Singaporean smart chip could enable next-gen wireless neural implants

Smart chip--Courtesy of Nanyang Technological University

Researchers at Singapore's Nanyang Technological University have developed a smart chip that could enable the next generation of wireless neural implants.

The chip can interpret the brain's signal to the hands and fingers with 95% accuracy, at least in animal models.

Unlike other wireless implants, the chip transmits only a limited amount of information produced by a neural implant to its external receiver; this selectivity is key to its energy efficiency, according to a university release.

"It is about a hundred times more efficient than current processing chips on the market. It will lead to more compact medical wearable devices, such as portable ECG monitoring devices and neural implants, since we no longer need large batteries to power them," NTU Assistant Professor Arindam Basu said in the release.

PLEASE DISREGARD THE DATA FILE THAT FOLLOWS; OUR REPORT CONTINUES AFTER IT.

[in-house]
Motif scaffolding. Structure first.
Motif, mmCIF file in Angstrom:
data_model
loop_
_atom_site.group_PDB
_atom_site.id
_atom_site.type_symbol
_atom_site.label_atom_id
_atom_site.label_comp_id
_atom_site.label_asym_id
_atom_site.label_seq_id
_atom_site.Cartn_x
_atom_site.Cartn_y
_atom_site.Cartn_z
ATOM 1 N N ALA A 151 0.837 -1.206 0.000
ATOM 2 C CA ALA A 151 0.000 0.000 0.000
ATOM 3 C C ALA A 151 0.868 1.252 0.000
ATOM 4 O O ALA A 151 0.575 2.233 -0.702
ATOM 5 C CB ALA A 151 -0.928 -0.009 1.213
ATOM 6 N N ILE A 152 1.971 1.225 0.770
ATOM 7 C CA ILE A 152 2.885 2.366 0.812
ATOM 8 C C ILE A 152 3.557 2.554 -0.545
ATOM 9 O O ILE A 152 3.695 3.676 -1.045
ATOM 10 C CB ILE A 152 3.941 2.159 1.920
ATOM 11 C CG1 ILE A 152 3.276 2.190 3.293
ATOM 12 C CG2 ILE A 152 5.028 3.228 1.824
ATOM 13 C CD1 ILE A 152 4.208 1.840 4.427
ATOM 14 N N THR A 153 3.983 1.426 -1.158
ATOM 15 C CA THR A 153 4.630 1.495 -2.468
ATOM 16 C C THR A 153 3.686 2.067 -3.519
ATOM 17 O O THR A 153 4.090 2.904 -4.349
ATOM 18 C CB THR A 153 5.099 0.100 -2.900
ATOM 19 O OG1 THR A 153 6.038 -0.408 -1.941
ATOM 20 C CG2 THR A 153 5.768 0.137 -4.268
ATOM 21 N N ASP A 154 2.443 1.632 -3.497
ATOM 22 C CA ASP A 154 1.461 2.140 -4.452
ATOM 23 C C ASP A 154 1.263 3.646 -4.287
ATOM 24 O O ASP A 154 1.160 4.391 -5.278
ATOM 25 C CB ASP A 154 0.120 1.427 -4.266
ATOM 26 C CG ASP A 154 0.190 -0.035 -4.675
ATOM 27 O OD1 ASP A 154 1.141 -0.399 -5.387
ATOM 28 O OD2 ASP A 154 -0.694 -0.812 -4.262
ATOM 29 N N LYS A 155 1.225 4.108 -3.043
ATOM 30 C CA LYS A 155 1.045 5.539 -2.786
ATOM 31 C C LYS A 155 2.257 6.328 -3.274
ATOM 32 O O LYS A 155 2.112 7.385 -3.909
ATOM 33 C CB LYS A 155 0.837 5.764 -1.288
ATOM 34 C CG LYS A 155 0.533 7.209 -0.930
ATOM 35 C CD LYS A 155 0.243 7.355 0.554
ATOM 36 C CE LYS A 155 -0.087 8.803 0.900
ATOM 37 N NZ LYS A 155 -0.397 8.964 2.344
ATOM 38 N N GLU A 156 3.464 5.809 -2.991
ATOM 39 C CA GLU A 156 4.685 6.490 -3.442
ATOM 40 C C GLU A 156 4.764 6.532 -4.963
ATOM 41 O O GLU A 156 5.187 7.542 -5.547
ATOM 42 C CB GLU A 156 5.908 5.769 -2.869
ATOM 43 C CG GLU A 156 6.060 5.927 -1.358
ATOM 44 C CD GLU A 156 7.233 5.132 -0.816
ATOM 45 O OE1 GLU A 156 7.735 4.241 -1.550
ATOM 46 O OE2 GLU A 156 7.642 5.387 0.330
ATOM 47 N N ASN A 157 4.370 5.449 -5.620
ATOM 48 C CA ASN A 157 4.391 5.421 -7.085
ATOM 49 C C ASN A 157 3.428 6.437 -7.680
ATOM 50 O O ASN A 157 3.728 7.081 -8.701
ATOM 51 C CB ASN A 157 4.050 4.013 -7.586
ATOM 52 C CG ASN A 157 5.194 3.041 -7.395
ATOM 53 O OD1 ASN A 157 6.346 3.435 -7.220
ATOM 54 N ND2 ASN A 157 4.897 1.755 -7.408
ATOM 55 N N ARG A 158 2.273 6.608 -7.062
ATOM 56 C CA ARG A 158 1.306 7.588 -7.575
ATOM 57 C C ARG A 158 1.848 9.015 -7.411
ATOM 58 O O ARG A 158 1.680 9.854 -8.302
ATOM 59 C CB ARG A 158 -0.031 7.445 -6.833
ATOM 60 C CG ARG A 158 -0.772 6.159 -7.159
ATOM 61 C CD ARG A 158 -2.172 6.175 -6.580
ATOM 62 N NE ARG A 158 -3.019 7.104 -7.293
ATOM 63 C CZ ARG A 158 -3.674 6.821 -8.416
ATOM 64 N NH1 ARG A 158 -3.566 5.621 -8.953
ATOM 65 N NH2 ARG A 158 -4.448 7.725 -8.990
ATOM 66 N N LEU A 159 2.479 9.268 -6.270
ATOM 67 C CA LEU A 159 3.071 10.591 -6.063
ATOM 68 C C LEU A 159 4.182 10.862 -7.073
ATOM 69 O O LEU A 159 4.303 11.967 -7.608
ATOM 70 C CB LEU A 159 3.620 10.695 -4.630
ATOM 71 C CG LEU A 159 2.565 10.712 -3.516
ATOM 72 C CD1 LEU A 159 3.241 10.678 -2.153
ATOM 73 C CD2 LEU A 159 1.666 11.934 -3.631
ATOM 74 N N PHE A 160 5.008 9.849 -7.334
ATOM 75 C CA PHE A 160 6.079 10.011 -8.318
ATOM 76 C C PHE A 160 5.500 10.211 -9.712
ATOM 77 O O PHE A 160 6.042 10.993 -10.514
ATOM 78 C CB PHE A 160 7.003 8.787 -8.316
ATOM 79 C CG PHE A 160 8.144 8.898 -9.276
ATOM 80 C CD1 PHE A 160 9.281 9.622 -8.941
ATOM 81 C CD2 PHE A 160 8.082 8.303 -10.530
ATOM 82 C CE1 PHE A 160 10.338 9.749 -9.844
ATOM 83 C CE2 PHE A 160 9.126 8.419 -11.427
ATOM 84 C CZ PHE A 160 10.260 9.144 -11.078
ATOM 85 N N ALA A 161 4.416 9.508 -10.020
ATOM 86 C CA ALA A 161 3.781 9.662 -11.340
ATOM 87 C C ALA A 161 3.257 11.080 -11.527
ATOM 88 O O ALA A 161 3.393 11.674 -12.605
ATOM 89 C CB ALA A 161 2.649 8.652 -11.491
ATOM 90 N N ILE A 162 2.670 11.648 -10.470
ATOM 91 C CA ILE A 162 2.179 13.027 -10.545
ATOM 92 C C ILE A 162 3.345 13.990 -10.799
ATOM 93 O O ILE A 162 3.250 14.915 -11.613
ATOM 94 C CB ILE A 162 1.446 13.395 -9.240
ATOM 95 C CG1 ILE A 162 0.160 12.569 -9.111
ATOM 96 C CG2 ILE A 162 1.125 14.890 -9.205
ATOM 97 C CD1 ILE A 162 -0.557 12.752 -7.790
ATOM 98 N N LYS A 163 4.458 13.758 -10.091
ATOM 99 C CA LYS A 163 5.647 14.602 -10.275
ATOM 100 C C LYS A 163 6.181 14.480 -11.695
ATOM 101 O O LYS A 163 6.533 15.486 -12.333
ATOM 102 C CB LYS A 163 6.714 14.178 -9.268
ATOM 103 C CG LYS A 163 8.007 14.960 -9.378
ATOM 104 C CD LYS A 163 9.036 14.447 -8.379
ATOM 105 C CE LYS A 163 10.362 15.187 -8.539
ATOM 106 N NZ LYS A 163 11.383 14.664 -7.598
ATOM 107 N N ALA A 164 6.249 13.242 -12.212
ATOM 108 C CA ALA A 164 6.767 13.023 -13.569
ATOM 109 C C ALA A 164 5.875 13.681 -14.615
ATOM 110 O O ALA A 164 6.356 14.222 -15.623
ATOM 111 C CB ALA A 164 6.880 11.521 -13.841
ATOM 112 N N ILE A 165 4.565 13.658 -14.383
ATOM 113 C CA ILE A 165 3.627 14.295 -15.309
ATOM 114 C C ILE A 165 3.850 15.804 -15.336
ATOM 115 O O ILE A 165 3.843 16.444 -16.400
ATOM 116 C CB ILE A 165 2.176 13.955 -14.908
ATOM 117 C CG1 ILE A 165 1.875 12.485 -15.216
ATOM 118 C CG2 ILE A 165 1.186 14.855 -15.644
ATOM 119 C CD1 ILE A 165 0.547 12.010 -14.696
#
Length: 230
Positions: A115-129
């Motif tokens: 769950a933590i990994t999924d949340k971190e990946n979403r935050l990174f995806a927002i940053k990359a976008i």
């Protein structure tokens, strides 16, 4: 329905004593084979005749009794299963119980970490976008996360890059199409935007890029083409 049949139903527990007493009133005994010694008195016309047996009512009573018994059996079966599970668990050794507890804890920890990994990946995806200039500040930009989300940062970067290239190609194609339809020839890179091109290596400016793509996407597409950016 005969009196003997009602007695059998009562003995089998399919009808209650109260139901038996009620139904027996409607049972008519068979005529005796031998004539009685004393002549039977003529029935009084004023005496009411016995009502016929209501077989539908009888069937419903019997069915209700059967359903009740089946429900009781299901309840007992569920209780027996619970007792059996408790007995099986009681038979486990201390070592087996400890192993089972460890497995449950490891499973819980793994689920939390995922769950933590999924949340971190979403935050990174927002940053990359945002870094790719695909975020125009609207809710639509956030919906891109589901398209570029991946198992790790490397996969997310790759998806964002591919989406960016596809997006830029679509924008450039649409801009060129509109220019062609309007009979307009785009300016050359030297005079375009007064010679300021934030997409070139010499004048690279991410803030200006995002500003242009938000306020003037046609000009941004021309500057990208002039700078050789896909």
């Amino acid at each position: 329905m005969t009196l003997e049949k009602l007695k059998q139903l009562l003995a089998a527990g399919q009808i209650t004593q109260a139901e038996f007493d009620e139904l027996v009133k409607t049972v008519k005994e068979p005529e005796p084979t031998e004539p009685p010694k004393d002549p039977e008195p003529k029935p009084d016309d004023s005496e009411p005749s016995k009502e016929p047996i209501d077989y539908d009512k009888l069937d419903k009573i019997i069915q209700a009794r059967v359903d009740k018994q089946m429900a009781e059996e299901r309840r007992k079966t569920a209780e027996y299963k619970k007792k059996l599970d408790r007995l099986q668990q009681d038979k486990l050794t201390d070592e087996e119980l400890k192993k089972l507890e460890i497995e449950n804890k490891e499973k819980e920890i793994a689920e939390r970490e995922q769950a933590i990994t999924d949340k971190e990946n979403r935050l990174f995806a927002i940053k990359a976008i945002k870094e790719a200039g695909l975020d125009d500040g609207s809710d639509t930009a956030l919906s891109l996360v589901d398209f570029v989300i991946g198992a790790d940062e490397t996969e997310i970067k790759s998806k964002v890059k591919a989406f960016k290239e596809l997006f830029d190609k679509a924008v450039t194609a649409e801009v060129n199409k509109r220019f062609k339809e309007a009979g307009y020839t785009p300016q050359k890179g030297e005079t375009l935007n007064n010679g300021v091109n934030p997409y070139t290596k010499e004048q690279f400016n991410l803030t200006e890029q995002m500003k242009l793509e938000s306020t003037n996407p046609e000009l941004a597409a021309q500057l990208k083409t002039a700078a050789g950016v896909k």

It has nonmedical applications as well. NTU says the chip could enable the Internet of Things by connecting electronic devices to each other, such as video cameras that send certain information to servers.

The chip's dimensions are 5 millimeters by 5 millimeters. It can be licensed from NTU's commercialization arm, NTUitive.

- read the release from Nanyang Technological University

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